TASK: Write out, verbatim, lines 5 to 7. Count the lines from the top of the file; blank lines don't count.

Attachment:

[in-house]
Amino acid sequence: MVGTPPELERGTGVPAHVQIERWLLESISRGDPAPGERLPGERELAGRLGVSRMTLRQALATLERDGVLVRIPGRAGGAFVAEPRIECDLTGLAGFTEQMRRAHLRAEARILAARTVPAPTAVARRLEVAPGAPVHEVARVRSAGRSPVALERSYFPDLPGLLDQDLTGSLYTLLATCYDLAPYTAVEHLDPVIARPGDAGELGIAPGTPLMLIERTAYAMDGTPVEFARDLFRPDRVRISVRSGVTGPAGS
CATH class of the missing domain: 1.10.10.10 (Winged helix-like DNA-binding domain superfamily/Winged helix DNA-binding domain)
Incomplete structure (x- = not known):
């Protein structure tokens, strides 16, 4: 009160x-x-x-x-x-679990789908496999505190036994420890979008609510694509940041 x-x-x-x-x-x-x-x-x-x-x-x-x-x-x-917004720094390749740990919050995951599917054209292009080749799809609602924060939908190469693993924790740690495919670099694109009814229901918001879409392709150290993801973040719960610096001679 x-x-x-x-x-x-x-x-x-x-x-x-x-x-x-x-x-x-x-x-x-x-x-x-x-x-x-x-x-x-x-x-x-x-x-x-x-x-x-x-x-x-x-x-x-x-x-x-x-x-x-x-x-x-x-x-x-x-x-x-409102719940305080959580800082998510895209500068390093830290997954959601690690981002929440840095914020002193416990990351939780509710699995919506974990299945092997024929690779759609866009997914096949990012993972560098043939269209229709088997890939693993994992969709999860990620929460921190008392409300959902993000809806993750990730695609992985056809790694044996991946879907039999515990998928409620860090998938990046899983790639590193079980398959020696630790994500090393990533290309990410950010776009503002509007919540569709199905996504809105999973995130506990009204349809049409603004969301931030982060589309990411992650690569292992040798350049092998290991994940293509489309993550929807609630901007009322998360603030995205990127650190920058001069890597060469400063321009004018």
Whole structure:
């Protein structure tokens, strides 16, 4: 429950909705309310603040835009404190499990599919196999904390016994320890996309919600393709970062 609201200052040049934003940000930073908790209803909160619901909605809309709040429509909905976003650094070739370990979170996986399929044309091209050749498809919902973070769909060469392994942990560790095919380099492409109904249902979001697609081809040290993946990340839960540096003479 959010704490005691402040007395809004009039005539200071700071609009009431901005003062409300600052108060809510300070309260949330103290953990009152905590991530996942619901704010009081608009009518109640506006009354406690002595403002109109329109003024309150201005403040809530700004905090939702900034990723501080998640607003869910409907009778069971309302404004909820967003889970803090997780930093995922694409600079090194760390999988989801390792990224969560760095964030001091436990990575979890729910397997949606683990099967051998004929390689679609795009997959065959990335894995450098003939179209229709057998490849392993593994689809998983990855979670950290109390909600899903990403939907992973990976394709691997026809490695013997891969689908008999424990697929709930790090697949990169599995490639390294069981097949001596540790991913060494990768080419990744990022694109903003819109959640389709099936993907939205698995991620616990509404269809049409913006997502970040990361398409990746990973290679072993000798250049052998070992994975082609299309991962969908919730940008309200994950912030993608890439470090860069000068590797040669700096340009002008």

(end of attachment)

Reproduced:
């Protein structure tokens, strides 16, 4: 009160x-x-x-x-x-679990789908496999505190036994420890979008609510694509940041 x-x-x-x-x-x-x-x-x-x-x-x-x-x-x-917004720094390749740990919050995951599917054209292009080749799809609602924060939908190469693993924790740690495919670099694109009814229901918001879409392709150290993801973040719960610096001679 x-x-x-x-x-x-x-x-x-x-x-x-x-x-x-x-x-x-x-x-x-x-x-x-x-x-x-x-x-x-x-x-x-x-x-x-x-x-x-x-x-x-x-x-x-x-x-x-x-x-x-x-x-x-x-x-x-x-x-x-409102719940305080959580800082998510895209500068390093830290997954959601690690981002929440840095914020002193416990990351939780509710699995919506974990299945092997024929690779759609866009997914096949990012993972560098043939269209229709088997890939693993994992969709999860990620929460921190008392409300959902993000809806993750990730695609992985056809790694044996991946879907039999515990998928409620860090998938990046899983790639590193079980398959020696630790994500090393990533290309990410950010776009503002509007919540569709199905996504809105999973995130506990009204349809049409603004969301931030982060589309990411992650690569292992040798350049092998290991994940293509489309993550929807609630901007009322998360603030995205990127650190920058001069890597060469400063321009004018």
Whole structure:
């Protein structure tokens, strides 16, 4: 429950909705309310603040835009404190499990599919196999904390016994320890996309919600393709970062 609201200052040049934003940000930073908790209803909160619901909605809309709040429509909905976003650094070739370990979170996986399929044309091209050749498809919902973070769909060469392994942990560790095919380099492409109904249902979001697609081809040290993946990340839960540096003479 959010704490005691402040007395809004009039005539200071700071609009009431901005003062409300600052108060809510300070309260949330103290953990009152905590991530996942619901704010009081608009009518109640506006009354406690002595403002109109329109003024309150201005403040809530700004905090939702900034990723501080998640607003869910409907009778069971309302404004909820967003889970803090997780930093995922694409600079090194760390999988989801390792990224969560760095964030001091436990990575979890729910397997949606683990099967051998004929390689679609795009997959065959990335894995450098003939179209229709057998490849392993593994689809998983990855979670950290109390909600899903990403939907992973990976394709691997026809490695013997891969689908008999424990697929709930790090697949990169599995490639390294069981097949001596540790991913060494990768080419990744990022694109903003819109959640389709099936993907939205698995991620616990509404269809049409913006997502970040990361398409990746990973290679072993000798250049052998070992994975082609299309991962969908919730940008309200994950912030993608890439470090860069000068590797040669700096340009002008």